Words of Advice:

"Never Feel Sorry For Anyone Who Owns an Airplane."-- Tina Marie

"
If Something Seems To Be Too Good To Be True, It's Best To Shoot It, Just In Case." -- Fiona Glenanne

"
Flying the Airplane is More Important than Radioing Your Plight to a Person on the Ground
Who is Incapable of Understanding or Doing Anything About It.
" -- Unknown

"There seems to be almost no problem that Congress cannot, by diligent efforts and careful legislative drafting, make ten times worse." -- Me

"What the hell is an `Aluminum Falcon'?" -- Emperor Palpatine

"Eck!" -- George the Cat

Wednesday, April 10, 2019

Science!

The M87 black hole:


Via Tam, a fascinating article about the KT meteorite and the day the dinosaurs died. Not just the dinosaurs, almost everything else died, too.
Scientists still debate many of the details, which are derived from the computer models, and from field studies of the debris layer, knowledge of extinction rates, fossils and microfossils, and many other clues. But the over-all view is consistently grim. The dust and soot from the impact and the conflagrations prevented all sunlight from reaching the planet’s surface for months. Photosynthesis all but stopped, killing most of the plant life, extinguishing the phytoplankton in the oceans, and causing the amount of oxygen in the atmosphere to plummet. After the fires died down, Earth plunged into a period of cold, perhaps even a deep freeze. Earth’s two essential food chains, in the sea and on land, collapsed. About seventy-five per cent of all species went extinct. More than 99.9999 per cent of all living organisms on Earth died, and the carbon cycle came to a halt.

Earth itself became toxic. When the asteroid struck, it vaporized layers of limestone, releasing into the atmosphere a trillion tons of carbon dioxide, ten billion tons of methane, and a billion tons of carbon monoxide; all three are powerful greenhouse gases. The impact also vaporized anhydrite rock, which blasted ten trillion tons of sulfur compounds aloft. The sulfur combined with water to form sulfuric acid, which then fell as an acid rain that may have been potent enough to strip the leaves from any surviving plants and to leach the nutrients from the soil. ...The world that emerged after the impact was a much simpler place. When sunlight finally broke through the haze, it illuminated a hellish landscape. The oceans were empty. The land was covered with drifting ash. The forests were charred stumps. The cold gave way to extreme heat as a greenhouse effect kicked in. Life mostly consisted of mats of algae and growths of fungus: for years after the impact, the Earth was covered with little other than ferns. Furtive, ratlike mammals lived in the gloomy understory.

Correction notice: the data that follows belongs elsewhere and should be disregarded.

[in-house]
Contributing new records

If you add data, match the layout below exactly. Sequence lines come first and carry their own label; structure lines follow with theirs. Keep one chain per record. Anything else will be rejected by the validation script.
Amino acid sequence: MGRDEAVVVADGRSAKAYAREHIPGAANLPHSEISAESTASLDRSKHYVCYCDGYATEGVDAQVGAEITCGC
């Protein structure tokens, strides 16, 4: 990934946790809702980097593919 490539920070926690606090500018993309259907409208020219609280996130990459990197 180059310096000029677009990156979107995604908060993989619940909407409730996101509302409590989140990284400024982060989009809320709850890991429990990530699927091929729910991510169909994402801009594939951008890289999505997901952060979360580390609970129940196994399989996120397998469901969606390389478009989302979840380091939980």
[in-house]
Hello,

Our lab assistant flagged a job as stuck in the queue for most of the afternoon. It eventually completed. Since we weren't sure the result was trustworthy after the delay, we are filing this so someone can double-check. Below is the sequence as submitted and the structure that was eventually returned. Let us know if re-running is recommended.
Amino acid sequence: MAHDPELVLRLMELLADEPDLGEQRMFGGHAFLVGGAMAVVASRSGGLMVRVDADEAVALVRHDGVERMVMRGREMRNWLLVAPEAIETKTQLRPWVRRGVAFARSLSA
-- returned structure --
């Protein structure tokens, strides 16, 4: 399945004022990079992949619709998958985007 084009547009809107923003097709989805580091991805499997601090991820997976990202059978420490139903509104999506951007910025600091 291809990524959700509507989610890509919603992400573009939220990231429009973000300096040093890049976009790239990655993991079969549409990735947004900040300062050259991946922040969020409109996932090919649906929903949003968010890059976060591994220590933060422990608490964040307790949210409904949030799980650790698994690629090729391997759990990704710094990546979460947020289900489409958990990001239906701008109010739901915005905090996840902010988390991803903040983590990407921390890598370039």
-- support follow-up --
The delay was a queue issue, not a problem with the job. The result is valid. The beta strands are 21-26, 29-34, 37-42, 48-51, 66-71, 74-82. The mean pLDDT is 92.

What has been found in North Dakota is an extremely detailed fossil deposit that preserves the first hour(s) after the Chicxulub meteorite slammed into the sea off the Yucatan Peninsula.

If you're at all interested in the extinction of the dinosaurs, the KT impact or paleontology in general, you should read the article.

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